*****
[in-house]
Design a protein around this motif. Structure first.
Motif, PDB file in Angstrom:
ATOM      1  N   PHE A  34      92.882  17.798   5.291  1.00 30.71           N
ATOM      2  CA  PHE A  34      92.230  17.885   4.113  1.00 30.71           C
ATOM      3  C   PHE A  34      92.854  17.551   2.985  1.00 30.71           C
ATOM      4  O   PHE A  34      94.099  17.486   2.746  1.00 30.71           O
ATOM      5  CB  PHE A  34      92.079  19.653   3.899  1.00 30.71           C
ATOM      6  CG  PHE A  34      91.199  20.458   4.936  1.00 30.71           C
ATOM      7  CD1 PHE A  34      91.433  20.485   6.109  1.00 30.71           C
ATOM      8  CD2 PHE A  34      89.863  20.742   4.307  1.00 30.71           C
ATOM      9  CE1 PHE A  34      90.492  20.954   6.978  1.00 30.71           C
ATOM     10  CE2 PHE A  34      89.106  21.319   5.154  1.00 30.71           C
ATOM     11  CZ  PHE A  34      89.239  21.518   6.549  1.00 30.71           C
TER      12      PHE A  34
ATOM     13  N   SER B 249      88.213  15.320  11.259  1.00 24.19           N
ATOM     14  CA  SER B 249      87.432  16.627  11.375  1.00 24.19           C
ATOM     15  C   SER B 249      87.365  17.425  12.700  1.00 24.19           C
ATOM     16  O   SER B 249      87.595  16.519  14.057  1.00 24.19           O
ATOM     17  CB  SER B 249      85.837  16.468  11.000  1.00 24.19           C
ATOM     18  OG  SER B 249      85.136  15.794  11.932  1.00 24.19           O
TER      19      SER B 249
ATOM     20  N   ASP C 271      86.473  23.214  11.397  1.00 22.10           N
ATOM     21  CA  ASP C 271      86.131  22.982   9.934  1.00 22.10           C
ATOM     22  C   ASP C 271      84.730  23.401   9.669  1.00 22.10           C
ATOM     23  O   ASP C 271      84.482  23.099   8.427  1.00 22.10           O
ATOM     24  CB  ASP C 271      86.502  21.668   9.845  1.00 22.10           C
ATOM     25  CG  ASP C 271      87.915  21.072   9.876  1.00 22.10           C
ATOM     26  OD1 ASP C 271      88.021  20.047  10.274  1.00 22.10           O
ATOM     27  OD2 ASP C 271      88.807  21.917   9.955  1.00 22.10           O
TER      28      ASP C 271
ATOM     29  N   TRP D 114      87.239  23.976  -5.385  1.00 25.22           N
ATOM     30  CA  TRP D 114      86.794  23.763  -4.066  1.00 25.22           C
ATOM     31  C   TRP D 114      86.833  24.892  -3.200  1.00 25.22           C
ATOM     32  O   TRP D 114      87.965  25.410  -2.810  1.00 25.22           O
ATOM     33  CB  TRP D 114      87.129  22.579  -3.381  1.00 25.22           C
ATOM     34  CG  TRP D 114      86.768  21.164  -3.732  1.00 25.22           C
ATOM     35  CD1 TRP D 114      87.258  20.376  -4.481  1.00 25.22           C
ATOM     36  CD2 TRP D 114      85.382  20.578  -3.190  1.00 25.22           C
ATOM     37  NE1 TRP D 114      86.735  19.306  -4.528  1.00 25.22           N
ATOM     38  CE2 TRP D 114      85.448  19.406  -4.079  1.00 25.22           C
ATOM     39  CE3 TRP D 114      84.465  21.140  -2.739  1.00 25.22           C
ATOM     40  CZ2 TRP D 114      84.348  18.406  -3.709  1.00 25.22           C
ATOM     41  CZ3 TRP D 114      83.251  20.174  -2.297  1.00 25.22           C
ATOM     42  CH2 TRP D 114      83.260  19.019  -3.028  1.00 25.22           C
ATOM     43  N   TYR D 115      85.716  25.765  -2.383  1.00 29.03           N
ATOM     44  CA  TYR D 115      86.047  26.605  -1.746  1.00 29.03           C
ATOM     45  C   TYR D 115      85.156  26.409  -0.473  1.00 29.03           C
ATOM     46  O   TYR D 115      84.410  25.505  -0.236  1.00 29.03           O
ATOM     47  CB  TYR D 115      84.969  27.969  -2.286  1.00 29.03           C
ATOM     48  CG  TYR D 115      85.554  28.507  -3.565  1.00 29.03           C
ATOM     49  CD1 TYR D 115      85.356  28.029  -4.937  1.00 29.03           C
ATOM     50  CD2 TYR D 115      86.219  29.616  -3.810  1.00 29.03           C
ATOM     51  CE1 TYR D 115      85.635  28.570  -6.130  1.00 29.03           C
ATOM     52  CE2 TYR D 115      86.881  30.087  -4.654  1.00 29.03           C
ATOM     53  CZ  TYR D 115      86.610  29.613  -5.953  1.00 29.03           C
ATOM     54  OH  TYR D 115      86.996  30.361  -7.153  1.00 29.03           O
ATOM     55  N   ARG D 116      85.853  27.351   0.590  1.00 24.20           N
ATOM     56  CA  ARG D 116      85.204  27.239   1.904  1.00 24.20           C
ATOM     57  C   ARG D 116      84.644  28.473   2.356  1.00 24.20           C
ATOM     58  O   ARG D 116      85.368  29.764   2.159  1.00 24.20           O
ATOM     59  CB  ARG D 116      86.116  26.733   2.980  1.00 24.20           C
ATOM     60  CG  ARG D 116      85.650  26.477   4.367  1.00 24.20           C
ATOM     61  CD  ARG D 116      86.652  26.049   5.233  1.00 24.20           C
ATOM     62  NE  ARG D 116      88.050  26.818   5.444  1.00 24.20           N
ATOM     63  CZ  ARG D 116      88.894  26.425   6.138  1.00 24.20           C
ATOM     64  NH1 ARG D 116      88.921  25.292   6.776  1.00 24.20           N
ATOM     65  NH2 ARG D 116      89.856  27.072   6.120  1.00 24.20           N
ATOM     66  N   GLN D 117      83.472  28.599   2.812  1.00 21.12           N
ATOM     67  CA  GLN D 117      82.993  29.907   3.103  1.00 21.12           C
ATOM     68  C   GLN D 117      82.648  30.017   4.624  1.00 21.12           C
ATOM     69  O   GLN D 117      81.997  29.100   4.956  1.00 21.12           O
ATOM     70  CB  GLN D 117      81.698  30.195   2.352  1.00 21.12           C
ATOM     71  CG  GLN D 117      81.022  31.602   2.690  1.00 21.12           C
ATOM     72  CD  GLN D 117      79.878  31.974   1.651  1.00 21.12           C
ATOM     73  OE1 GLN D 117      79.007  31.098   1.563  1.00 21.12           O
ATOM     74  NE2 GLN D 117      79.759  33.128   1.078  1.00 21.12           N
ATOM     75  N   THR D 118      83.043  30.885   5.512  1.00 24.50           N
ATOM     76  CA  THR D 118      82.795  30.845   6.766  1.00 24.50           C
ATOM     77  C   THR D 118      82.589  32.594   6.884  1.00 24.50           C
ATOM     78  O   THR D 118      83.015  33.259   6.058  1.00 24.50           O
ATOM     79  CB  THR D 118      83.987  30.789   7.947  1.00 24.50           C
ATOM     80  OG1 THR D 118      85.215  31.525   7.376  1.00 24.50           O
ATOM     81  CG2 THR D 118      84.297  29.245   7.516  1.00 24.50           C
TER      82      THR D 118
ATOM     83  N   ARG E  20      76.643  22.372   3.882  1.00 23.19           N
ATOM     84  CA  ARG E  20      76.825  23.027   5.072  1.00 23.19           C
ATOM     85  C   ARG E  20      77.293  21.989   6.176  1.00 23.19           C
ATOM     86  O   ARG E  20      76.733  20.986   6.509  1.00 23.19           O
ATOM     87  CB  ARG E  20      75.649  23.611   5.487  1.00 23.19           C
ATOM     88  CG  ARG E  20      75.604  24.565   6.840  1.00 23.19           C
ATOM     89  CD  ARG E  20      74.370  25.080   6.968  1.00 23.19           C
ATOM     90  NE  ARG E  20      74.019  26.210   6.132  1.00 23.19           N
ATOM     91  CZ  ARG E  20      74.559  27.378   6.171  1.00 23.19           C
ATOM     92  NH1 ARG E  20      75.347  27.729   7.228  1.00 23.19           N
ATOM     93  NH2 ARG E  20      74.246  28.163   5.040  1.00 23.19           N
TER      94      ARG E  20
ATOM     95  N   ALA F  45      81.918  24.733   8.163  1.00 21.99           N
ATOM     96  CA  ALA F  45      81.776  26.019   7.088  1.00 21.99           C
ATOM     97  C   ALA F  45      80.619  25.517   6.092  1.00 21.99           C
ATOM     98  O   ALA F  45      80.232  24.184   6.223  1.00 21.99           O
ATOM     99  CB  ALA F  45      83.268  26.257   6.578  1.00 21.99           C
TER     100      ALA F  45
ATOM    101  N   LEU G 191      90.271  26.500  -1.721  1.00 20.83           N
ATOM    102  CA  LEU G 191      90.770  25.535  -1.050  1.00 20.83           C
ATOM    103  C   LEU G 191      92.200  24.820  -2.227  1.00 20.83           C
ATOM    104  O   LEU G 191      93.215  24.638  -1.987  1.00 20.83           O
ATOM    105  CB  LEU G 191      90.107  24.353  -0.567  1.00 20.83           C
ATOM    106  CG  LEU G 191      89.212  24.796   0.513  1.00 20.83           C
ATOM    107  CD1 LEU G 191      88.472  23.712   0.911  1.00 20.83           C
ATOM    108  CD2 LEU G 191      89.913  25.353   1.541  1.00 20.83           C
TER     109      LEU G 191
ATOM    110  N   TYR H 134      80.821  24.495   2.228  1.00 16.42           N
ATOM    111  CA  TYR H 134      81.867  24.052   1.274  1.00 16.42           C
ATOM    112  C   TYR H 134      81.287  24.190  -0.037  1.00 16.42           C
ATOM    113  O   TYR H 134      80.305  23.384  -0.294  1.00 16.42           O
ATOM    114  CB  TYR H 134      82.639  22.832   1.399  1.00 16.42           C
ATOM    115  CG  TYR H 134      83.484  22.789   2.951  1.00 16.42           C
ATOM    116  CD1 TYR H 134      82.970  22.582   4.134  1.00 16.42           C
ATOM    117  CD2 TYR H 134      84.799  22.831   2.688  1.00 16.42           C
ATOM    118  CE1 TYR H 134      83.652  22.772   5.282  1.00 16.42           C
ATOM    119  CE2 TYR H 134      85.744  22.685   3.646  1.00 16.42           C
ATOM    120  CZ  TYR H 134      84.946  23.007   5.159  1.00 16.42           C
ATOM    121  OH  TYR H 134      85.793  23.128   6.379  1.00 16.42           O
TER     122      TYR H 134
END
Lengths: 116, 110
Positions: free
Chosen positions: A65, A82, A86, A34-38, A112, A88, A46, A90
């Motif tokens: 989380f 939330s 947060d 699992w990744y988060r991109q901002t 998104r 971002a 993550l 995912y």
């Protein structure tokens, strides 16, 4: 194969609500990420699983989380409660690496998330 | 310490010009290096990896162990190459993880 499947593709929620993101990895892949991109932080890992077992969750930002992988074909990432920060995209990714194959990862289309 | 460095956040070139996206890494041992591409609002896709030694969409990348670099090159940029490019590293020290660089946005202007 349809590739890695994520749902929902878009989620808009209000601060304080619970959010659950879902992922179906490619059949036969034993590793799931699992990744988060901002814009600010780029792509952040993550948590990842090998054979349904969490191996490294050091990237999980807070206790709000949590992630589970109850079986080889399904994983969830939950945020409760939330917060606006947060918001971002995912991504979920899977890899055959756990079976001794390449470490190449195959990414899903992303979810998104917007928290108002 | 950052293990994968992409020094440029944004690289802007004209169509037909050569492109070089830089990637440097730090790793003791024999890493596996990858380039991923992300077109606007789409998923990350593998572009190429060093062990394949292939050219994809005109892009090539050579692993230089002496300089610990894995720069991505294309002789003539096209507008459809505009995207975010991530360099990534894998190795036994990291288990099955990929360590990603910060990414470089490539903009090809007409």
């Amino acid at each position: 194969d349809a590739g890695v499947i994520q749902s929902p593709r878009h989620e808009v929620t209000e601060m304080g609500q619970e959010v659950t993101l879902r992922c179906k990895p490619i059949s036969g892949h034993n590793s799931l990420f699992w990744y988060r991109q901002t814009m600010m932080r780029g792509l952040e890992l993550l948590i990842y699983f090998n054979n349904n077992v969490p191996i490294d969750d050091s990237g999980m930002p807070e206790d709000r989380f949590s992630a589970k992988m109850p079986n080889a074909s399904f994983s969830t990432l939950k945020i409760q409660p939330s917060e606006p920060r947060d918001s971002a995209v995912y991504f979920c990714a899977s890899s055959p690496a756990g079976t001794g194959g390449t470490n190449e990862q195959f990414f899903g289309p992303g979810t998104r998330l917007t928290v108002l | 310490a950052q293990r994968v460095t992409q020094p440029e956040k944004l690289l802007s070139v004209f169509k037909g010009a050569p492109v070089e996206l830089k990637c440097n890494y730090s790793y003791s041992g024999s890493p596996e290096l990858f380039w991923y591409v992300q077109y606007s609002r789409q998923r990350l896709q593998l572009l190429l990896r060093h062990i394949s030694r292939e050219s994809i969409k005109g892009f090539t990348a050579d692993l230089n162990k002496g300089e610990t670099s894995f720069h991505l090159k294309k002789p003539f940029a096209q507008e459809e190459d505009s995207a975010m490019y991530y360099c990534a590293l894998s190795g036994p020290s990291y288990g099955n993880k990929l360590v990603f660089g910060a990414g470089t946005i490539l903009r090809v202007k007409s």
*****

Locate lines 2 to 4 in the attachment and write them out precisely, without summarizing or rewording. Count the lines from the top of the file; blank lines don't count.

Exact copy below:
Design a protein around this motif. Structure first.
Motif, PDB file in Angstrom:
ATOM      1  N   PHE A  34      92.882  17.798   5.291  1.00 30.71           N